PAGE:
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Economic crimes in organisations continue to pose a threat in Singapore, potentially hurting the nation’s credibility as a safe place to run businesses.
PricewaterhouseCoopers’ 2014 Global Economic Crime Survey found 24% of Singaporean businesses had encountered economic crimes within the last two years.
According to the report, the most common type of economic crime was asset misappropriation, with 80% of Singaporean respondents citing it as their principal threat. This was followed by bribery and corruption and cybercrime, both at 15%.
“Although Singapore respondents also reported fewer cyber incidents compared to global respondents (15% and 24% respectively), the risk of cybercrime occurring in Singapore is clear and present,” the report said.
Other reported crimes included human resources fraud, money laundering, intellectual property or data theft, mortgage fraud and tax fraud.
“No organisation of any size anywhere in the world is immune to the impact of fraud and economic crime,” Chan Kheng Tek, forensics leader at PwC Singapore, said.
“This includes companies based in Singapore, which we rightly think of as being a very transparent, safe place to do business. Those committing economic crime succeed by adapting to shifting global conditions like reliance on technology and the expansion into emerging economies.”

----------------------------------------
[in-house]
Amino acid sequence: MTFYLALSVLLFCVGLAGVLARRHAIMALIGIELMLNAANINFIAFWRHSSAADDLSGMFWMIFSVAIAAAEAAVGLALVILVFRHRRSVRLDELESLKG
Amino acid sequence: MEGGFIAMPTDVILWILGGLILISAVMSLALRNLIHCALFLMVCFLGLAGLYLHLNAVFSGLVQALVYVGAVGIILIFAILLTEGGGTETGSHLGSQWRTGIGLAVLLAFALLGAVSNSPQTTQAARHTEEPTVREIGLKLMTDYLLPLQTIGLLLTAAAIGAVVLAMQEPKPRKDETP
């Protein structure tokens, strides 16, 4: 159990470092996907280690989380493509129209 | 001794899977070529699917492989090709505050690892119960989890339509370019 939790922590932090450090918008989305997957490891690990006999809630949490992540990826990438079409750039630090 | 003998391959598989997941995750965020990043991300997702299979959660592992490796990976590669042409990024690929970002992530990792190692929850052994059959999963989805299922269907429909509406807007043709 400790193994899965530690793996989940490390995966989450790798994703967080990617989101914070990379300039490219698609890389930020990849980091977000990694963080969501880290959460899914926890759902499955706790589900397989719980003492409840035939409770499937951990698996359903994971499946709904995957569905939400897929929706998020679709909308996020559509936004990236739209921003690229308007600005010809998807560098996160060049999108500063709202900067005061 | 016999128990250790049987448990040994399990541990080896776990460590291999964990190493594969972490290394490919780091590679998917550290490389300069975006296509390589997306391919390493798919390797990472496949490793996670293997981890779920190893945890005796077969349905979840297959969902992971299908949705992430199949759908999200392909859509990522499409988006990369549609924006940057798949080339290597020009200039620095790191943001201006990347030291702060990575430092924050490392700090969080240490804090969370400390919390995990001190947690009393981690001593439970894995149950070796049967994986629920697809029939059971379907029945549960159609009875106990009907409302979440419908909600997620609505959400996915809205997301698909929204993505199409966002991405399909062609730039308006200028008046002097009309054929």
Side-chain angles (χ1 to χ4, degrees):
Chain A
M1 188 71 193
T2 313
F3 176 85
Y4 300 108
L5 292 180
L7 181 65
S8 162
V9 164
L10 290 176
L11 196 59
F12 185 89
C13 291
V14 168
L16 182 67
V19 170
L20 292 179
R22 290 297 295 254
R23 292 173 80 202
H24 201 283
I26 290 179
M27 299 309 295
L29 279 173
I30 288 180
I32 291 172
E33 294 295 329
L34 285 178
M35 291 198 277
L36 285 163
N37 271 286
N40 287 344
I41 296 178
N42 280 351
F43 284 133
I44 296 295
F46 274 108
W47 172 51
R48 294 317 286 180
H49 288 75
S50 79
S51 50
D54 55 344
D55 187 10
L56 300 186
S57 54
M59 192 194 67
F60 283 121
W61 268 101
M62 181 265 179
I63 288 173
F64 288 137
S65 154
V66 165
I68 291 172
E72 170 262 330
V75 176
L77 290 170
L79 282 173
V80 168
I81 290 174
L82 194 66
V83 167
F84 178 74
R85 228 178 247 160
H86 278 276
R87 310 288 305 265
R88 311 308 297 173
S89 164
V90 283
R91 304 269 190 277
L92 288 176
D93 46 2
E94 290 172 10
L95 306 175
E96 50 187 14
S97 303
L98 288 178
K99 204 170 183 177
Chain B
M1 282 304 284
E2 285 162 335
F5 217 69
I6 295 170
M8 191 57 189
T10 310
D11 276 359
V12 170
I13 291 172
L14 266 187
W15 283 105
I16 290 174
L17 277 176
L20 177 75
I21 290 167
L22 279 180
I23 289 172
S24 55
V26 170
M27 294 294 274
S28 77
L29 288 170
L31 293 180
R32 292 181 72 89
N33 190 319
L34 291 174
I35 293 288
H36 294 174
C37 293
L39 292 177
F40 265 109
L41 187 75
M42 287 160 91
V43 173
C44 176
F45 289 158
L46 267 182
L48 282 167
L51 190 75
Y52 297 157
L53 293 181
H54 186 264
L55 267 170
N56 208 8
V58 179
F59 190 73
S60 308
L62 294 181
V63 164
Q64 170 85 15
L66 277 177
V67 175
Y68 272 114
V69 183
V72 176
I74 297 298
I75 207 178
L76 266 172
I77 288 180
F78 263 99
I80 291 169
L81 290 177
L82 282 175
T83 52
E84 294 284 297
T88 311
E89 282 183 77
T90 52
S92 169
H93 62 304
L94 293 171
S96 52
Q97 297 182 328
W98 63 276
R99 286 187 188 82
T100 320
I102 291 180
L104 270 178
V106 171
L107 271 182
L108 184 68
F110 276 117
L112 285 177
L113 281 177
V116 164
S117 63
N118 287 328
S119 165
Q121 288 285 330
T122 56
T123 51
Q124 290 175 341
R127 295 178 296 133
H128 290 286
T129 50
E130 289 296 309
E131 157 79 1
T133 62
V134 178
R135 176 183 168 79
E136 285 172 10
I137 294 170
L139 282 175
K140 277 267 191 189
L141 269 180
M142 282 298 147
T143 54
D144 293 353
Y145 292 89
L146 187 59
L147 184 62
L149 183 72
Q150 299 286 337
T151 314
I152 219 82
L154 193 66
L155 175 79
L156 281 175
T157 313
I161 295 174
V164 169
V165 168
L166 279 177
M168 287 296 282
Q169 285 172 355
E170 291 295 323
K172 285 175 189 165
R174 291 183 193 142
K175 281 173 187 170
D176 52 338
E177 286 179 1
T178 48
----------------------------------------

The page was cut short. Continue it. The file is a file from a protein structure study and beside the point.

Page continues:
Bribery and corruption was also found to be of particular relevance to Singapore based companies. Seven out of 10 Singapore respondents reported operations in territories with high corruption risks, as compared to 50% of their global peers.
Malaysia was also found to be at risk for economic crime, with 24% of the country’s businesses reporting fraud in 2014. However, this has decreased from 44% in 2011.
“Low reports of fraud can reflect a number of things: respondents reluctant to report fraud, low levels of asset misappropriation (the most common fraud), or a lack of controls which can help detect fraud,” the report said.
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